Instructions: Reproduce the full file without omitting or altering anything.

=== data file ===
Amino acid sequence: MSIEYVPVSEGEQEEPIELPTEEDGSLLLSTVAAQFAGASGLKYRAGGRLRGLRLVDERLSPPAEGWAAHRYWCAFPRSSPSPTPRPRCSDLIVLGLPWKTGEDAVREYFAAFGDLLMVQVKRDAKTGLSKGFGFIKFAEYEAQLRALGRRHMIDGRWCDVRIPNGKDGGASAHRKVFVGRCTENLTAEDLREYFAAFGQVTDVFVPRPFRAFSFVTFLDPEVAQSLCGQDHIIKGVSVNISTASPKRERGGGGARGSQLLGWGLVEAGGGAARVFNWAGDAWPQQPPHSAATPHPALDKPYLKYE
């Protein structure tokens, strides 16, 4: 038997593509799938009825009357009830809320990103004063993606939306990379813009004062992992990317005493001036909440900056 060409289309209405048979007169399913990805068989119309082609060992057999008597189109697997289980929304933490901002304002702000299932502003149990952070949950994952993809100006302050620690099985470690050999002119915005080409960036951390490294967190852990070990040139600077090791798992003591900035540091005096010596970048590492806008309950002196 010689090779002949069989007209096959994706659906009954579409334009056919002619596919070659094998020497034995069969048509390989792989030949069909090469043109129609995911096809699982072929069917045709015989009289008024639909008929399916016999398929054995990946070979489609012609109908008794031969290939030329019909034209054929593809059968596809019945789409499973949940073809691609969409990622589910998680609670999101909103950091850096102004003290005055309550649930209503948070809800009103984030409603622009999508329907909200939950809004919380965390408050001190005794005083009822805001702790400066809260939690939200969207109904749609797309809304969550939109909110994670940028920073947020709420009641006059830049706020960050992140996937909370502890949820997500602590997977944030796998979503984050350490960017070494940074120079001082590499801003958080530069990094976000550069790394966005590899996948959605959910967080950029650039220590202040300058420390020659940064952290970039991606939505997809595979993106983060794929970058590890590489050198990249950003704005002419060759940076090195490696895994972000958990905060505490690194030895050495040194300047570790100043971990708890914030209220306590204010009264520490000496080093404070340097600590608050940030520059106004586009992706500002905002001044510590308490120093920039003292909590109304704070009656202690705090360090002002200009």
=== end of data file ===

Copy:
Amino acid sequence: MSIEYVPVSEGEQEEPIELPTEEDGSLLLSTVAAQFAGASGLKYRAGGRLRGLRLVDERLSPPAEGWAAHRYWCAFPRSSPSPTPRPRCSDLIVLGLPWKTGEDAVREYFAAFGDLLMVQVKRDAKTGLSKGFGFIKFAEYEAQLRALGRRHMIDGRWCDVRIPNGKDGGASAHRKVFVGRCTENLTAEDLREYFAAFGQVTDVFVPRPFRAFSFVTFLDPEVAQSLCGQDHIIKGVSVNISTASPKRERGGGGARGSQLLGWGLVEAGGGAARVFNWAGDAWPQQPPHSAATPHPALDKPYLKYE
């Protein structure tokens, strides 16, 4: 038997593509799938009825009357009830809320990103004063993606939306990379813009004062992992990317005493001036909440900056 060409289309209405048979007169399913990805068989119309082609060992057999008597189109697997289980929304933490901002304002702000299932502003149990952070949950994952993809100006302050620690099985470690050999002119915005080409960036951390490294967190852990070990040139600077090791798992003591900035540091005096010596970048590492806008309950002196 010689090779002949069989007209096959994706659906009954579409334009056919002619596919070659094998020497034995069969048509390989792989030949069909090469043109129609995911096809699982072929069917045709015989009289008024639909008929399916016999398929054995990946070979489609012609109908008794031969290939030329019909034209054929593809059968596809019945789409499973949940073809691609969409990622589910998680609670999101909103950091850096102004003290005055309550649930209503948070809800009103984030409603622009999508329907909200939950809004919380965390408050001190005794005083009822805001702790400066809260939690939200969207109904749609797309809304969550939109909110994670940028920073947020709420009641006059830049706020960050992140996937909370502890949820997500602590997977944030796998979503984050350490960017070494940074120079001082590499801003958080530069990094976000550069790394966005590899996948959605959910967080950029650039220590202040300058420390020659940064952290970039991606939505997809595979993106983060794929970058590890590489050198990249950003704005002419060759940076090195490696895994972000958990905060505490690194030895050495040194300047570790100043971990708890914030209220306590204010009264520490000496080093404070340097600590608050940030520059106004586009992706500002905002001044510590308490120093920039003292909590109304704070009656202690705090360090002002200009």